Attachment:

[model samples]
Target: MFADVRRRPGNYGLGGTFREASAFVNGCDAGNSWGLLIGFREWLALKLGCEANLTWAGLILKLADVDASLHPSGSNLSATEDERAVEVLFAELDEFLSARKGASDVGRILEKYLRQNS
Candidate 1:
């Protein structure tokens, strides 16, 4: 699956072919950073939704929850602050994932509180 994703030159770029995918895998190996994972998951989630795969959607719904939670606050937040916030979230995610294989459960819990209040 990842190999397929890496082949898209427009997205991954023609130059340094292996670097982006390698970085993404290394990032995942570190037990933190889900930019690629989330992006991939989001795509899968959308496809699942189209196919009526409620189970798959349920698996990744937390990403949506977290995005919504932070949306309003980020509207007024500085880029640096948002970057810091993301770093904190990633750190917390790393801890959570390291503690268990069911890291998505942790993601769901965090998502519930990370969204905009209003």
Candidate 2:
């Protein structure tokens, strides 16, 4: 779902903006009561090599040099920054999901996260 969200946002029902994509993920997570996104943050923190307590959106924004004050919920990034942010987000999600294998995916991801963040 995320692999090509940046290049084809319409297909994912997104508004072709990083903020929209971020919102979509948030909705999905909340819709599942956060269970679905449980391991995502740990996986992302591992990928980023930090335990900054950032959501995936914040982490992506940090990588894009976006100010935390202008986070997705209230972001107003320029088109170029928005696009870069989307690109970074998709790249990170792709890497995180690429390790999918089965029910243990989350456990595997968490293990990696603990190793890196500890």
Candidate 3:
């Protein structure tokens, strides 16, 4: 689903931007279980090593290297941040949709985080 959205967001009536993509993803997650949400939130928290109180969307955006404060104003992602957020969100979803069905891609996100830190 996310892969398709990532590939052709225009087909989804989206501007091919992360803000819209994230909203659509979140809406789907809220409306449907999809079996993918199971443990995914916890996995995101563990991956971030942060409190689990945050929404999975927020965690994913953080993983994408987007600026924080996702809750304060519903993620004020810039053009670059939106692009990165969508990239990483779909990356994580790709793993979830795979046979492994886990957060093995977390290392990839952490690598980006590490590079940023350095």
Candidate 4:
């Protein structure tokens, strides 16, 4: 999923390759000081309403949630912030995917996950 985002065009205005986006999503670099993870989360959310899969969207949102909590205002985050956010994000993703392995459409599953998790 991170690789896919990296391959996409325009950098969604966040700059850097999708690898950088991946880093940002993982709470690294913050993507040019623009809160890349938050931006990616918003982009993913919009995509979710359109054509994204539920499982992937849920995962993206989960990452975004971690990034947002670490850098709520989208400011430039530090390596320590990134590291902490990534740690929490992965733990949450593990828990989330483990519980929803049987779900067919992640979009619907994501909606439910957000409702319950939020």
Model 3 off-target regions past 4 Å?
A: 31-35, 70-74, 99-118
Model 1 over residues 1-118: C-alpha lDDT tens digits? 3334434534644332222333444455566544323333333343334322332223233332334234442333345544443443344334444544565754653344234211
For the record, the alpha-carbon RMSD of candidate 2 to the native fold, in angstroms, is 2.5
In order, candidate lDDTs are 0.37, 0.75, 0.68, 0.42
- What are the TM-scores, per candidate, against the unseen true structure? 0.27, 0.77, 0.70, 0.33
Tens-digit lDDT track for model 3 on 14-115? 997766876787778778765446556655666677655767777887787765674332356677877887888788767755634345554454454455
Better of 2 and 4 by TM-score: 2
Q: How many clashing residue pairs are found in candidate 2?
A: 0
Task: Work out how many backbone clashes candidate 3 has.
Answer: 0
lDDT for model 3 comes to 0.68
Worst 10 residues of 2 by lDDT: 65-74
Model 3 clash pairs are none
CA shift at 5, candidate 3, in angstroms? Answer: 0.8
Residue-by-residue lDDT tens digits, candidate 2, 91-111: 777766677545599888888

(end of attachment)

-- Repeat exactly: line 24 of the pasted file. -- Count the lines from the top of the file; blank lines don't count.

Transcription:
Worst 10 residues of 2 by lDDT: 65-74